GeoMundus is a free international Conference organized by students for students. The organizing committee is the students from the Erasmus Mundus Master of Science in Geospatial Technologies. The conference aims to share cutting-edge scientific research, knowledge, and skills in the fields of Geospatial Technologies, Geoinformatics, and Geosciences, including but not limited to geographic information systems and sciences, spatial cognition, geography, and spatial data sciences. Please see Programme Section for more detailed information.
GeoMundus is an opportunity to learn about and share scientific research, knowledge, and skills with other students and researchers of all things ‘Geo’. Every year it will give participants the chance to learn about technological advancements of GI, research activities and applications of geospatial technologies in today’s world. GeoMundus is unique, featuring workshops where participants can experience first-hand the future of the field as well as a career session specially designed for students interested in a geospatial career.
Everyone who is curious about geospatial technologies and their applications. We especially welcome students, researchers, industry leaders, and interested members of the public. It is not only a great opportunity to learn, but also to network with the brightest minds in this exciting field.
Registration is free, so sign up now!
We are happy to introduce our first two key note speakers, Prof. Dr. Paula Moraga and Dr. Gerald Blasch. Please visit their personal websites to find out more about them. Remaining keynote speakers for GeoMundus 2020 will be announced soon! Stay tuned for more information.
Prof. Dr. Paula Moraga is an Assistant Professor of Statistics at the King Abdullah University of Science and Technology (KAUST)
and the Principal Investigator of the Geospatial Statistics and Health Surveillance Research Group. Paula received her Bachelor's degree in Mathematics and her Ph.D. degree in Statistics from the University of Valencia,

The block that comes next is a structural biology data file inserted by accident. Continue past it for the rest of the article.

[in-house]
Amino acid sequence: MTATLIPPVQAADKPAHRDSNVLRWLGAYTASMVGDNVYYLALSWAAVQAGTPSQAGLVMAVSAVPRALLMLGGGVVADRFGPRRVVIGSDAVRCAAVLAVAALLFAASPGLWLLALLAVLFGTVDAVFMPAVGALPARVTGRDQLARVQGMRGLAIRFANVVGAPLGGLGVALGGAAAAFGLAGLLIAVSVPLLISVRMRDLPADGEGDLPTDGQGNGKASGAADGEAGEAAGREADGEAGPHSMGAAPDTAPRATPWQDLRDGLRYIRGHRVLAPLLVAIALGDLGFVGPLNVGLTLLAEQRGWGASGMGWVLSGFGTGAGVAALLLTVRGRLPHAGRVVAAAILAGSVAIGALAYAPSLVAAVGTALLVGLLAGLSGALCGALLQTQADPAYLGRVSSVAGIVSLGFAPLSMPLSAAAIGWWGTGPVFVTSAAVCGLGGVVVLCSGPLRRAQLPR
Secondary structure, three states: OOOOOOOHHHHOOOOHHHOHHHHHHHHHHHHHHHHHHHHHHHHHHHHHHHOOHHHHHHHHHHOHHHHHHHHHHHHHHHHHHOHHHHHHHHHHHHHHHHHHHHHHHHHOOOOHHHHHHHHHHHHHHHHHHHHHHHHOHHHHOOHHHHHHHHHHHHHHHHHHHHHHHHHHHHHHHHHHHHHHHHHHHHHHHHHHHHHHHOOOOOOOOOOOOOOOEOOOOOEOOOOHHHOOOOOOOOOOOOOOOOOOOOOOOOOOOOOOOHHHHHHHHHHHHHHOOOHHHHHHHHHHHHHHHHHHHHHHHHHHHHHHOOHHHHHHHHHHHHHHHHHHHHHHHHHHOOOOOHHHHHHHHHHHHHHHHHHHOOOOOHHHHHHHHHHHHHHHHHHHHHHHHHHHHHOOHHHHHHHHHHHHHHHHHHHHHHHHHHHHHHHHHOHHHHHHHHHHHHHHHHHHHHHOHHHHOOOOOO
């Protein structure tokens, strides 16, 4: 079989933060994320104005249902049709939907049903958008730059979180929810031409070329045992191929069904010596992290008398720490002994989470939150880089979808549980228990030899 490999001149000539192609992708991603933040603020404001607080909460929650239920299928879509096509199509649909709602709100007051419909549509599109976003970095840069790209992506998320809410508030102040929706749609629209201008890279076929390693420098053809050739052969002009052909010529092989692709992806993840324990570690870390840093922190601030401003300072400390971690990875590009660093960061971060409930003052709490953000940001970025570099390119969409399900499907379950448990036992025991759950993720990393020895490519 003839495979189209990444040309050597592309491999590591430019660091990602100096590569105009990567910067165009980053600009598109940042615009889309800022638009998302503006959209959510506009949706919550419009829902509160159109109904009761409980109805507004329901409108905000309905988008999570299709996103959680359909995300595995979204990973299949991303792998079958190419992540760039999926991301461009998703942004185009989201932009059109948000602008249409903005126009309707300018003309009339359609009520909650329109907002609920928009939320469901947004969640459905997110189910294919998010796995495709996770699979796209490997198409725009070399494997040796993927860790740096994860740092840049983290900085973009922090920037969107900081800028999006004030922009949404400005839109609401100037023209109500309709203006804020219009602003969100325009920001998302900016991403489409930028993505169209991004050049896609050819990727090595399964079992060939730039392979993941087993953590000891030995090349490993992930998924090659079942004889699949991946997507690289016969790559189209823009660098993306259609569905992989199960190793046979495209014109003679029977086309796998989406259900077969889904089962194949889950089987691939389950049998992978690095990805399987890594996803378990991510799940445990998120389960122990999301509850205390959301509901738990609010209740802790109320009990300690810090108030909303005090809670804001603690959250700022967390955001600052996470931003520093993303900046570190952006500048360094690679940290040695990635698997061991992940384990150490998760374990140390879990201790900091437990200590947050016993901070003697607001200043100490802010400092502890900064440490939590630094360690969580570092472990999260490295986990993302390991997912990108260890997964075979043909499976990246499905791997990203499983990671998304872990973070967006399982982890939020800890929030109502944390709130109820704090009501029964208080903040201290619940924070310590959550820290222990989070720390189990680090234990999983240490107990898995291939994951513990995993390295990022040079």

and her Master's degree in Biostatistics from Harvard University. Prior to joining KAUST, she held academic positions at the University of Bath, Lancaster University, Queensland University of Technology, London
School of Hygiene and Tropical Medicine, and Harvard School of Public Health.
Paula's research focuses on the development of innovative statistical methods and computational tools for geospatial data analysis and health surveillance and has directly informed strategic policy in reducing disease burden in several countries. Her projects include the development of modeling architectures to understand the spatio-temporal patterns and identify targets for intervention of malaria in Africa, leptospirosis in Brazil, and cancer in Australia. Paula has also worked on the development of a number of R packages for Bayesian risk modeling, detection of disease clusters, and risk assessment of travel-related spread of disease, and is the author of Spatial EpiApp, a Shiny web application for the analysis of spatial and spatio-temporal disease data. Paula has published extensively in leading journals and is the author of the book 'Geospatial Health Data: Modeling and Visualization with R-INLA and Shiny' (2019, Chapman & Hall/CRC).
KEYNOTE (working title): “Geospatial Data Science for Public Health Surveillance”